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 Celebrity Squares (Posted on 2011-03-29)

Three different 5-digit perfect squares between them use five different digits. No two of these squares share a common first digit, nor a common last digit. Each of the five digits is used a different number of times, the five numbers of times being the same as the five digits of the perfect squares. At least 3 digits are used their own number of times. What are the three squares? (Theme suggested by New Scientist, March 2011)

 See The Solution Submitted by broll No Rating

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 computer solution (spoiler) | Comment 1 of 2

This program finds those 5-digit squares which use only the digits 1 through 5, as the sum of the integers 1 through 5 is 15, which is precisely the number of digits needed for three 5-digit numbers.

CLS
FOR n = 100 TO 316
nsq = n * n
s\$ = LTRIM\$(STR\$(nsq))
good = 1
FOR i = 1 TO 5
IF MID\$(s\$, i, 1) > "5" OR MID\$(s\$, i, 1) < "1" THEN good = 0
NEXT
IF good THEN PRINT n, nsq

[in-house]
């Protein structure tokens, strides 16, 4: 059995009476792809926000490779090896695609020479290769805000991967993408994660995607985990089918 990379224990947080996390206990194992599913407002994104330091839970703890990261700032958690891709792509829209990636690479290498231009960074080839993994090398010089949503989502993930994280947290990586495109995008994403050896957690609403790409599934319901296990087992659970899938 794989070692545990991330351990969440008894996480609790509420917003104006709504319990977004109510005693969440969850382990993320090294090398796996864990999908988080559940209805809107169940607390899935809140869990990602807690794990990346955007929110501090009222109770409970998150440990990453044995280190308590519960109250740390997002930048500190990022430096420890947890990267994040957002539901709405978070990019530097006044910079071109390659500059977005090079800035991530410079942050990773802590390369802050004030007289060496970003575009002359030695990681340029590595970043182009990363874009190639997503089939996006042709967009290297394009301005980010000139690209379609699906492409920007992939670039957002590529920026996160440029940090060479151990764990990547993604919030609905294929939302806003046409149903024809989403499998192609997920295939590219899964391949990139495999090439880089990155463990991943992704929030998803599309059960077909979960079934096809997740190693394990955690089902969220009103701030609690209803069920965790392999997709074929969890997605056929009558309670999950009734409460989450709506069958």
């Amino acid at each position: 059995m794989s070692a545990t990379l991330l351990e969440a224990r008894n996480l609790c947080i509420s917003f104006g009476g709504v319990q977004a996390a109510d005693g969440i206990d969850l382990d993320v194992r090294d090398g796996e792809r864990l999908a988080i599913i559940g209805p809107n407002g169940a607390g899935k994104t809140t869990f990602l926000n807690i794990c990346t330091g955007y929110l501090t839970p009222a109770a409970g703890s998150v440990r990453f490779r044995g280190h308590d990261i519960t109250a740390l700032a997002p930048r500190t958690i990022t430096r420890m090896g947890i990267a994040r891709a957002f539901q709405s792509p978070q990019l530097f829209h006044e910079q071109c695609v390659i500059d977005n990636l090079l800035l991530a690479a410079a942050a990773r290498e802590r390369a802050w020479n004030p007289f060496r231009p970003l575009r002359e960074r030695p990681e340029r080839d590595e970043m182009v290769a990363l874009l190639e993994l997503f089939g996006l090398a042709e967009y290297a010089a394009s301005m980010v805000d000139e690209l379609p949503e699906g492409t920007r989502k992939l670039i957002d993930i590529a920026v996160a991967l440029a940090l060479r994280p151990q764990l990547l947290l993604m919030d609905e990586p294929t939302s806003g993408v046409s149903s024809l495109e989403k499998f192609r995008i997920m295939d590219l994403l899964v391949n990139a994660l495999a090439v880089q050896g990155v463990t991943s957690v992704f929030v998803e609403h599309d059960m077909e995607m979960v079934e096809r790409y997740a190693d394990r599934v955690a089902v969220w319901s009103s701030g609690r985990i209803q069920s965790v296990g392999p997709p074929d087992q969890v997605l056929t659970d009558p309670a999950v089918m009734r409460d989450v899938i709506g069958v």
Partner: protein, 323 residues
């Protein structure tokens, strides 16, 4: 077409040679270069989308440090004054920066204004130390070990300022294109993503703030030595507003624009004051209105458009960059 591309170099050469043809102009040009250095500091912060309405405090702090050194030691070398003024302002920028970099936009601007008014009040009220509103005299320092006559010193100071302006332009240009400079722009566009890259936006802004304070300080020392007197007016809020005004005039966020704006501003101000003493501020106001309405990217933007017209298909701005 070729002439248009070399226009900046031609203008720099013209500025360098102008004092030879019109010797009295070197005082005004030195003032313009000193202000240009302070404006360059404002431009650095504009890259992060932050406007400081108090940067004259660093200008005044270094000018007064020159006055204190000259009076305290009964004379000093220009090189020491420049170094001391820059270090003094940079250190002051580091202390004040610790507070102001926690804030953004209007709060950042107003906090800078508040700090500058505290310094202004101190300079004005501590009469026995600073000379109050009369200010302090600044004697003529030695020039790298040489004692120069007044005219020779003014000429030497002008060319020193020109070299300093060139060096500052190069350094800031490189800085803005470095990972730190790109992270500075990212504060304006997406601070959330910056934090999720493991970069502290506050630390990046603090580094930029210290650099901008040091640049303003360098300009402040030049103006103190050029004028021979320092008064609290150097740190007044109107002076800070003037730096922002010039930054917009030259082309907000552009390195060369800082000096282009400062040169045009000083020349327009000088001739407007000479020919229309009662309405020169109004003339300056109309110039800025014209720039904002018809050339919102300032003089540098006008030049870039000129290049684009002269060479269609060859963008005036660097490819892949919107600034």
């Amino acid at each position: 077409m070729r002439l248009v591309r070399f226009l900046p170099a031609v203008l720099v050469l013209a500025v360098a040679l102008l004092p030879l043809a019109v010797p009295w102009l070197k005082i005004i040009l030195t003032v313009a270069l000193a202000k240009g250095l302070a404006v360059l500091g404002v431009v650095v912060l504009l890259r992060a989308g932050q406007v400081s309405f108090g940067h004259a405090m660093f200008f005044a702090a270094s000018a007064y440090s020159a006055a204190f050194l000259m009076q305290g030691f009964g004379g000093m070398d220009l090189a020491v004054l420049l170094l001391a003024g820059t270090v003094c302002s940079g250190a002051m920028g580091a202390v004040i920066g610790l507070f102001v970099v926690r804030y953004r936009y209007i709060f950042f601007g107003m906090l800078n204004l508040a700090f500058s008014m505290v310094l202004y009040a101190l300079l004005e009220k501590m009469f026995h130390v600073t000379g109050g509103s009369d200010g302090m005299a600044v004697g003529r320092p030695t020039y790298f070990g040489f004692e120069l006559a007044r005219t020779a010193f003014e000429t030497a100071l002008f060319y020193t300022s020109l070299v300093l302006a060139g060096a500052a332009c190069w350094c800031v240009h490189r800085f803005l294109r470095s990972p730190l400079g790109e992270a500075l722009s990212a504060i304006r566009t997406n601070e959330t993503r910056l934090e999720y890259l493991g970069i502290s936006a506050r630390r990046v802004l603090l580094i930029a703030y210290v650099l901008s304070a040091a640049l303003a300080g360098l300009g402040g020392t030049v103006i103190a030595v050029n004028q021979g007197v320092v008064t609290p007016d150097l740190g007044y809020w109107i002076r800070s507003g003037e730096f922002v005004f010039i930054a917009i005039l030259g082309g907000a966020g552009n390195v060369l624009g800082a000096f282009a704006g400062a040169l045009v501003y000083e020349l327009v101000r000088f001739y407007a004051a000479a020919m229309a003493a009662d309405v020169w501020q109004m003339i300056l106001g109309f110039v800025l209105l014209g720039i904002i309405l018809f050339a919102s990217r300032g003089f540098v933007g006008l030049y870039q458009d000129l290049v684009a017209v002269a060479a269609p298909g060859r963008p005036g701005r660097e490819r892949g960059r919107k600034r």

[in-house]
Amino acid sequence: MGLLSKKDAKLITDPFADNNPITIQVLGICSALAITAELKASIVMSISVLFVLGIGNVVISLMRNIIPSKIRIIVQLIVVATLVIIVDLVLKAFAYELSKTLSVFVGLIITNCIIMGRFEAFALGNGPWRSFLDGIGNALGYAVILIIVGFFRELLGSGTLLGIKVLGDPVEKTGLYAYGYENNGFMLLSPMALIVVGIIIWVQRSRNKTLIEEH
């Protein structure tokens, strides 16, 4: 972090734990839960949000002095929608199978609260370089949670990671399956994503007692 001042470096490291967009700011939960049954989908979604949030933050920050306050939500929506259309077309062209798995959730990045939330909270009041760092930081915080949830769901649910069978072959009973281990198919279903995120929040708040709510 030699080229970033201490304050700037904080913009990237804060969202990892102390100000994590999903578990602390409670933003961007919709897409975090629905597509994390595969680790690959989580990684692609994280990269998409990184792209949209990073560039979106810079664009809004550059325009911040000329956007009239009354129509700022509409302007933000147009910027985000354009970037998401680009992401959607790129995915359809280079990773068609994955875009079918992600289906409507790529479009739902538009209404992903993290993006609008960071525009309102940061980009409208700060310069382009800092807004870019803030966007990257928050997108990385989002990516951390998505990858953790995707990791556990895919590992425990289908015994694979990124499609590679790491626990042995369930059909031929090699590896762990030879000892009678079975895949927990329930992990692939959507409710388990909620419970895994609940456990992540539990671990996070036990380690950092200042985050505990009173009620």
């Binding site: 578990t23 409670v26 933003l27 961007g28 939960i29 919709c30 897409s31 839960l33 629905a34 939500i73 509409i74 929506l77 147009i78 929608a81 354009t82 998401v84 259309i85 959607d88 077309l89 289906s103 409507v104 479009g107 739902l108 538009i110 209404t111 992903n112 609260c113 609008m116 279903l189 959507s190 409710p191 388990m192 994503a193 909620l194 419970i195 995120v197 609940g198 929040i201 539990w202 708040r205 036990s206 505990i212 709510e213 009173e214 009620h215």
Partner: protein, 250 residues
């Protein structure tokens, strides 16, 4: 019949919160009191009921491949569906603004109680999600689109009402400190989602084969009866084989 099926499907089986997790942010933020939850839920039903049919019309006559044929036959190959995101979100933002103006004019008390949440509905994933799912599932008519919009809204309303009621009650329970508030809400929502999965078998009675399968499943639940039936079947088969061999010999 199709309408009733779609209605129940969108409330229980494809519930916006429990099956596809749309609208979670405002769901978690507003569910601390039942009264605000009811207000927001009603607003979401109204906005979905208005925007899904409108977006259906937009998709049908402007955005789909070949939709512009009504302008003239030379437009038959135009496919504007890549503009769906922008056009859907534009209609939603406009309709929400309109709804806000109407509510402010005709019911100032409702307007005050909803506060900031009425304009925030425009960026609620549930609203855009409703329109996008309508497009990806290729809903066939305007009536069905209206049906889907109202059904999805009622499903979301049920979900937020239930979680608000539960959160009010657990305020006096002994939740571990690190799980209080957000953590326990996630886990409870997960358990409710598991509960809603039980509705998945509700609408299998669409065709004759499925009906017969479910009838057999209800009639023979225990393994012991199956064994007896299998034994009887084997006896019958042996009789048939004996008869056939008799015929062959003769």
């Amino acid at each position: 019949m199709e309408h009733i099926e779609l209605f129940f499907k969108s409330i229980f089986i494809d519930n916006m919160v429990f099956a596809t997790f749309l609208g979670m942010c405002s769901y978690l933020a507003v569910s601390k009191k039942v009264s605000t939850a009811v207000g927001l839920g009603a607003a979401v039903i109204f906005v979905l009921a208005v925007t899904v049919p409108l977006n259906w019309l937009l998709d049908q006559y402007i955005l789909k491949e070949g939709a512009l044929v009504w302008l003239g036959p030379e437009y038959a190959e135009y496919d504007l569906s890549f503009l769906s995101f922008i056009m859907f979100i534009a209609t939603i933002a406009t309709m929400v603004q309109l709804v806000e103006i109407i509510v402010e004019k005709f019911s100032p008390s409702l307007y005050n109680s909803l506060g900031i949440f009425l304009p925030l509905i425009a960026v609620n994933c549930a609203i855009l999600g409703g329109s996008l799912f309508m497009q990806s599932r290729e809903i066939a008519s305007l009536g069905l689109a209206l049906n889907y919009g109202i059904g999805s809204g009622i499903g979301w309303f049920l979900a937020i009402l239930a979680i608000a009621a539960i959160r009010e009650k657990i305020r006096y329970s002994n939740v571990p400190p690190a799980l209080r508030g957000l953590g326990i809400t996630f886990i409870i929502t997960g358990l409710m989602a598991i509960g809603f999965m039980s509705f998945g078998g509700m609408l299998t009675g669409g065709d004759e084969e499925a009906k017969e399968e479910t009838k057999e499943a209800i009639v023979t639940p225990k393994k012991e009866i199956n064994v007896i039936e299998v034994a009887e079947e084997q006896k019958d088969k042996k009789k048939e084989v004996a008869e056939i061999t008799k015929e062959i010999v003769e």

NEXT

The 5-digit squares appear to the right of their square roots:

111           12321
112           12544
115           13225
182           33124
185           34225
188           35344
211           44521
229           52441
235           55225

Making the program go farther (with the hindsight that there are only a manageable nine such squares):

CLS
FOR n = 100 TO 316
nsq = n * n
s\$ = LTRIM\$(STR\$(nsq))
good = 1
FOR i = 1 TO 5
IF MID\$(s\$, i, 1) > "5" OR MID\$(s\$, i, 1) < "1" THEN good = 0
NEXT
IF good THEN PRINT n, nsq: ct = ct + 1: sq\$(ct) = LTRIM\$(STR\$(nsq))
NEXT
PRINT

FOR a = 1 TO ct - 2
as\$ = sq\$(a)
FOR b = a + 1 TO ct - 1
bs\$ = sq\$(b)
FOR c = b + 1 TO ct
good = 1
cs\$ = sq\$(c)
IF LEFT\$(as\$, 1) = LEFT\$(bs\$, 1) OR LEFT\$(as\$, 1) = LEFT\$(cs\$, 1) OR LEFT\$(bs\$, 1) = LEFT\$(cs\$, 1) THEN good = 0
IF RIGHT\$(as\$, 1) = RIGHT\$(bs\$, 1) OR RIGHT\$(as\$, 1) = RIGHT\$(cs\$, 1) OR RIGHT\$(bs\$, 1) = RIGHT\$(cs\$, 1) THEN good = 0
REDIM dct(5)
FOR i = 1 TO 15
dused = VAL(MID\$(as\$ + bs\$ + cs\$, i, 1))
dct(dused) = dct(dused) + 1
NEXT
FOR i = 1 TO 4
FOR j = i + 1 TO 5
IF dct(i) = dct(j) THEN good = 0
NEXT
NEXT
IF good THEN PRINT as\$: PRINT bs\$: PRINT cs\$: PRINT
NEXT
NEXT
NEXT

adds to the output the candidate sets of three squares based on non-repeated first digits and non-repeated last digits, as well as having a different number of each digit:

12544
34225
44521

12544
34225
52441

35344
44521
55225

Only in the last of these, seen by inspection, do three of the digits appear their own number of times: one 1, four 4's and five 5's.

 Posted by Charlie on 2011-03-29 15:44:16

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